Please Note: The following music not to be consumed by those without a sense of humor about love and its discontents. Consider yourself forewarned.
To paraphrase a friend, Jens Lekman‘s music isn’t going to change the world. In fact, it probably won’t even bring about any personal epiphanies other that a shared recognition of past bitter break ups and heart break. However, unlike many songwriters, Jens composes his narratives of the amorously despondent or the lovelorn piners with an amusingly witty and pleasingly sardonic take on the world. With his newest collection of songs, I Know What Love Isn’t, Jens continues his mission to bring the lonely-hearted and demure some cheer amidst the heartache. Set to the sweet and somber tones of Indie-Baroque pop, blending Burt Bacharach lounge with a late 70s jazzy-soulful vibe and a hint of 70s James Taylor, Lekman’s sound is unabashedly poppy, sweet, and anachronistic. In other words, this is an album that, musically speaking, your parents (or at least mine because they were born in the 30s) might enjoy more than you on first listen. Perhaps it is a little precious and polished, but don’t write off Jens because his music isn’t aurally edge-y and/or feels old-time-y. What Jens lacks in sonic “pizzazz” is made up by a sommelier like knack for perfectly pairing melody and production to sentiment. On “Some Dandruff On Your Shoulder”, note the brilliantly placed sound of water dripping and melancholy sax near the song’s end, a genius way of illustrating in sound the emotionally draining recognition that the adored lover no longer desires you in their life. The simplicity and starkness of the song is chilling and the central simile of the song, the discarded lover as dandruff on one’s shoulder, is apt and yet masterfully mundane. Or, take in the Spanish infused and “exotic” opening guitar chords of “Erica America” about an alluring yet unattainable distant love.
But, it’s not all about the depths of despair, Jens certainly has the ability to add upbeat melodies and a battered optimist’s perspective on the world and love, see “The World Moves On” (note the narrator looking at the rising sun as the promise of another day, another love), “The End of the World is Bigger Than Love” (title says it all), and “I Know What Love Isn’t” (chatting with his friend about ‘scoping out ladies in his own quirky way). Although I adore the melodies, its Jens clever lyricism and colorful storytelling that has always impressed me the most, and to think he’s doing it in his second language is even more amazing. In case you can’t tell, Jens is Swedish by birth. If you listen closely, you’ll notice his unique pronunciation of words like “lover” as “luber”, which sounds (fittingly) a whole lot like “flubber”, as in I really “flubbed that love(r)” (not to be confused with the bounce inducing substance from The Absent Minded Professor). By the album’s end, your heart won’t be mended, your worldview likely still intact, but you’ll have spent 38 minutes smirking and nodding in agreement about the profound comedy that is life…and love or what it isn’t.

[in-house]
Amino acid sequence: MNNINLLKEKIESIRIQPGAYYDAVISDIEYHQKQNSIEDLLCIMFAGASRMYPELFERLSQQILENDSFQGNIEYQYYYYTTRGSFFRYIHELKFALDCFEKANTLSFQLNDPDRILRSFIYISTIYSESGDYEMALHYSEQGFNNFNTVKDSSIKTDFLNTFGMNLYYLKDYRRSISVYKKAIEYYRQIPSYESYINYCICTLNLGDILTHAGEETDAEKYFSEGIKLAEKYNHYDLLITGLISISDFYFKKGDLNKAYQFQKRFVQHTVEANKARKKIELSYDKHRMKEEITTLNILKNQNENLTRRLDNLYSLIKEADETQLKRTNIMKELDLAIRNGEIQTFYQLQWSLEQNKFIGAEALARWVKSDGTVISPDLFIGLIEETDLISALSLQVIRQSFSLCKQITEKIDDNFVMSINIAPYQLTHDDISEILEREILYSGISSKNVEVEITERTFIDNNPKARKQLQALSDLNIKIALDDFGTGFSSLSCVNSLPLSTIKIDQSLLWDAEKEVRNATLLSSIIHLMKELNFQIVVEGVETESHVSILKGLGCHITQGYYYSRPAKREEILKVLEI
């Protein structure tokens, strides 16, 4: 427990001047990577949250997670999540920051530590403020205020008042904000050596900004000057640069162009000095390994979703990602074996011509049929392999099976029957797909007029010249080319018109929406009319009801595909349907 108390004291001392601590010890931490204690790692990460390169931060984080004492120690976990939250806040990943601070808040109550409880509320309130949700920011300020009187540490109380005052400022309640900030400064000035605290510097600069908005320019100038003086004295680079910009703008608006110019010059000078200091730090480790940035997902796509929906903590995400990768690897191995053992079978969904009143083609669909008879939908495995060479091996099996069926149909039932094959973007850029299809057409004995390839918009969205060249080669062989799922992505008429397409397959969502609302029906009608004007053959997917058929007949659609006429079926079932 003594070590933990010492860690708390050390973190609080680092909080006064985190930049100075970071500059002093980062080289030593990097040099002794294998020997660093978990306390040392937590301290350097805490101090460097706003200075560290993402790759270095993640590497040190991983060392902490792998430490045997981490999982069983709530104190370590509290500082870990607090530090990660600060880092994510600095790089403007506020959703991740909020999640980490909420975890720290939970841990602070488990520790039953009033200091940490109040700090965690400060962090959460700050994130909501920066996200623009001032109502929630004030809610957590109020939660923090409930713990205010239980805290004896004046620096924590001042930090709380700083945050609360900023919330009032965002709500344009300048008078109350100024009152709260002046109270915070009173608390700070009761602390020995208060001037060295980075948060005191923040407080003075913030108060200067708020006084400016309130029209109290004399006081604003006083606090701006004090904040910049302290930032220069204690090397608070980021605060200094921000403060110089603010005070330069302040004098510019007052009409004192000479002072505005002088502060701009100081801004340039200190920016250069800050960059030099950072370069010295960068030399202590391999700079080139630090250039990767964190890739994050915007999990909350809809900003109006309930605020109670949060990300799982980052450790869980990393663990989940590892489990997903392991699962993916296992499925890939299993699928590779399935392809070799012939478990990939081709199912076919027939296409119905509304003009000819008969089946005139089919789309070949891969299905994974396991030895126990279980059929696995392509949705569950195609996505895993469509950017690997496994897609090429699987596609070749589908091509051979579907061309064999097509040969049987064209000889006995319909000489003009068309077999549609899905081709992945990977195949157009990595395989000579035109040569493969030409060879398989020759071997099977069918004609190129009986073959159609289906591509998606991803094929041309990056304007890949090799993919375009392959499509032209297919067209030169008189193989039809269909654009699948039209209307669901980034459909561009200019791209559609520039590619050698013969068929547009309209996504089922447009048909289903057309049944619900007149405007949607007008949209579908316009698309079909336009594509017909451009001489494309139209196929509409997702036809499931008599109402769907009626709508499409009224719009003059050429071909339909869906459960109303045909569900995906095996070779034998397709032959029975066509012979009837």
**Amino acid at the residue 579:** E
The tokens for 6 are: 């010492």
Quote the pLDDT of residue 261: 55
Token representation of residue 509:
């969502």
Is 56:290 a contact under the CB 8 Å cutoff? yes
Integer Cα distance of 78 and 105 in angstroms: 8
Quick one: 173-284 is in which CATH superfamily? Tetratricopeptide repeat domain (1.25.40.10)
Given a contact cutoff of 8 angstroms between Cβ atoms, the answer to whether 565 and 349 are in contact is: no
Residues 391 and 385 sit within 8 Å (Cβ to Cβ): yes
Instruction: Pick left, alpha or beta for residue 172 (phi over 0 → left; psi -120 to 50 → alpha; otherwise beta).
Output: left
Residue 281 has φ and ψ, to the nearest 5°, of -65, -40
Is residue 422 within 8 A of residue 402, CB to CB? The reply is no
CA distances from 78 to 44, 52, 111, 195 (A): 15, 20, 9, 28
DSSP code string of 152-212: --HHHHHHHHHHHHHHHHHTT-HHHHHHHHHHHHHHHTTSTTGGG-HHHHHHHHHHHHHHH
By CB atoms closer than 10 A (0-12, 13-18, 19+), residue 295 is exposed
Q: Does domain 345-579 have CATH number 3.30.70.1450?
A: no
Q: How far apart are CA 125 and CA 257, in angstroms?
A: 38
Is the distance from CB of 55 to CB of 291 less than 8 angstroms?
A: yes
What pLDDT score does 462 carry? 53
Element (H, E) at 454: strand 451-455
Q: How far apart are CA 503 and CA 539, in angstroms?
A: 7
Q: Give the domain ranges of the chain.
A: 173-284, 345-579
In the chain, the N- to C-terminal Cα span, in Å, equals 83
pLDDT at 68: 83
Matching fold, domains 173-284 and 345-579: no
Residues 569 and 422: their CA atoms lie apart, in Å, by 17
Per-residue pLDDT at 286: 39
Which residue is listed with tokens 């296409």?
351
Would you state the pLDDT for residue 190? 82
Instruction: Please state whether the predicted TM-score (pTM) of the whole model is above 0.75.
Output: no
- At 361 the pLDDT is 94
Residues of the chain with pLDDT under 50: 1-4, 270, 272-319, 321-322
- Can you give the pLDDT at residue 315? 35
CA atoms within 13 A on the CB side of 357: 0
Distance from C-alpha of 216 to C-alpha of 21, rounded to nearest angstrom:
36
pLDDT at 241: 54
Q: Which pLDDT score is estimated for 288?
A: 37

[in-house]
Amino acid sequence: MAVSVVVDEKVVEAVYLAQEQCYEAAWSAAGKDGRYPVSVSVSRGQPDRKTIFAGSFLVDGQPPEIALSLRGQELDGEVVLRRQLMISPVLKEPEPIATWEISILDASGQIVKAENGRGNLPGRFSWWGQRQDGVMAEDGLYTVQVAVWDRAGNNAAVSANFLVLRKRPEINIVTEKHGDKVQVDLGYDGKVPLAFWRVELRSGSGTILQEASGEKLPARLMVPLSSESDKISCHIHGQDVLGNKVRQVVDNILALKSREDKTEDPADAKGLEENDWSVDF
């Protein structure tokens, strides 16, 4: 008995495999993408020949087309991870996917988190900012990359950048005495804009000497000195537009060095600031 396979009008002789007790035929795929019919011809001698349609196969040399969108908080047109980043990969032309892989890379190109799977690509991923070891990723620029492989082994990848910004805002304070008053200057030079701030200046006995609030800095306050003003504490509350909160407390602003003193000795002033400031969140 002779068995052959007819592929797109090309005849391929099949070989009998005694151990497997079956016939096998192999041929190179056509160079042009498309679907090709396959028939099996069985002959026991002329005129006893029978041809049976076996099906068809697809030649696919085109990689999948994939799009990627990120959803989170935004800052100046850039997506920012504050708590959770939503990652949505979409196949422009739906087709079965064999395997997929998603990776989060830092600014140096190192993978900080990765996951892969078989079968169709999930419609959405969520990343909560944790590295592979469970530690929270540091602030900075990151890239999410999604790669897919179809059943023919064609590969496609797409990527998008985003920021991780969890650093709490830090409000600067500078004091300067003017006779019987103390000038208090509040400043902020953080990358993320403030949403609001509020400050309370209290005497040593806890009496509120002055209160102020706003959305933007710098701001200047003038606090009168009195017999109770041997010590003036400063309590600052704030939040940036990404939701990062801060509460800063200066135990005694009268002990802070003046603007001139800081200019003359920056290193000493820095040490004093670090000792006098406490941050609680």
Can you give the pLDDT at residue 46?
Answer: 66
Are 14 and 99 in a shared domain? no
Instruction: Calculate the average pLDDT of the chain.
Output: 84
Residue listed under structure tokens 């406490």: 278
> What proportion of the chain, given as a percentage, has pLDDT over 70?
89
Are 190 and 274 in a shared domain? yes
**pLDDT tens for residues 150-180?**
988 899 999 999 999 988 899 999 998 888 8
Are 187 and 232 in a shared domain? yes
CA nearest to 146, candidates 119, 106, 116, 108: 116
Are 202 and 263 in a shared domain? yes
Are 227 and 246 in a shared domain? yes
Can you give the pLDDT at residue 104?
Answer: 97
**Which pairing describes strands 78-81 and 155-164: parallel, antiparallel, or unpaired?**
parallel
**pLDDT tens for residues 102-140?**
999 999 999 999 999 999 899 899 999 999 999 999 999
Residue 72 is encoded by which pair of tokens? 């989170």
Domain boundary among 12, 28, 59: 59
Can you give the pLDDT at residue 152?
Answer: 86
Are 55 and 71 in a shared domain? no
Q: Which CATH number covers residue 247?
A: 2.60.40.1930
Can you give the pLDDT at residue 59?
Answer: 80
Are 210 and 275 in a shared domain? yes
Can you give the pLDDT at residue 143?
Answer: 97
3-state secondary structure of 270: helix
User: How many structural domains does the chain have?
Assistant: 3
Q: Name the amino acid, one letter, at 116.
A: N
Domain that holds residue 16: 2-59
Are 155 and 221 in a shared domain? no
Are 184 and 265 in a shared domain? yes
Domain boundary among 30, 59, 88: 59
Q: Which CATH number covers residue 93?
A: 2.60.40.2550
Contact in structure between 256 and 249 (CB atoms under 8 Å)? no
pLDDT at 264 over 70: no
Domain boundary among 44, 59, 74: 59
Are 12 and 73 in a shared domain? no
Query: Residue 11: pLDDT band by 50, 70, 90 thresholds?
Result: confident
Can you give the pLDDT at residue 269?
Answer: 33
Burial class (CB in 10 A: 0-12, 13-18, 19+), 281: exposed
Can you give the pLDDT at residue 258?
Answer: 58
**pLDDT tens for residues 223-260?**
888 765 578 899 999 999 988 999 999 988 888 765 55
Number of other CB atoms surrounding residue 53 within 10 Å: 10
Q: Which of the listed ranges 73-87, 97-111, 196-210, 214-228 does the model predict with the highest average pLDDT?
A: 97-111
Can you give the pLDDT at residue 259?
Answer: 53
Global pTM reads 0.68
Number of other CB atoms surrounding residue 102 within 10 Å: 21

If you are ready for some melodious mirth, then listen to Jens Lekman’s I Know What Love Isn’t, and pay attention for these Jens Gems (or Truisms about broken hearts):
- I wish I’d never met you like I wish I’d never tasted wine or tasted it from lips that weren’t mine
- Sleeping on my arm until it become someone else’s
- In my next dream, I want a pair of cowboy boots, that kind that walks the straight and most narrow route, anywhere but back to you
- You don’t get over a broken heart, you just learn to carry it gracefully
- That’s what it like when you’ve had your heart broken, the world just shrugs it’s shoulder and keeps going
- No one is born an asshole, it takes a lot of hard work
- Let’s get married, but only for the citizenship
- A relationship doesn’t lie about its intentions and shit, how it doesn’t apologize or anthologize all the rules and ideas we made up in our heads
For more of the Swedish singer’s genius, follow up this aperitif with Jens Lekman’s Night Falls Over Kortedala. If you think I Know What Love Isn’t is musically saccharine, Night… is like a banana split of endless ear candy; more Bacharach and baroque with a healthy splash of disco (after all, he is Swedish so there’s got to be a little Abba lodged in the musical subconscious). Although the whole record is gorgeously crafted, highlights include “Your Arms Around Me” (the melody line sounds a whole lot like R.E.M.’s “Near Wild Heaven”), “A Postcard to Nina” (the story of boy pretending to be his girl friend’s partner to her parents who is hiding her female lover abroad), or “Sipping on the Sweet Nectar” (get out your go-go boots and dance).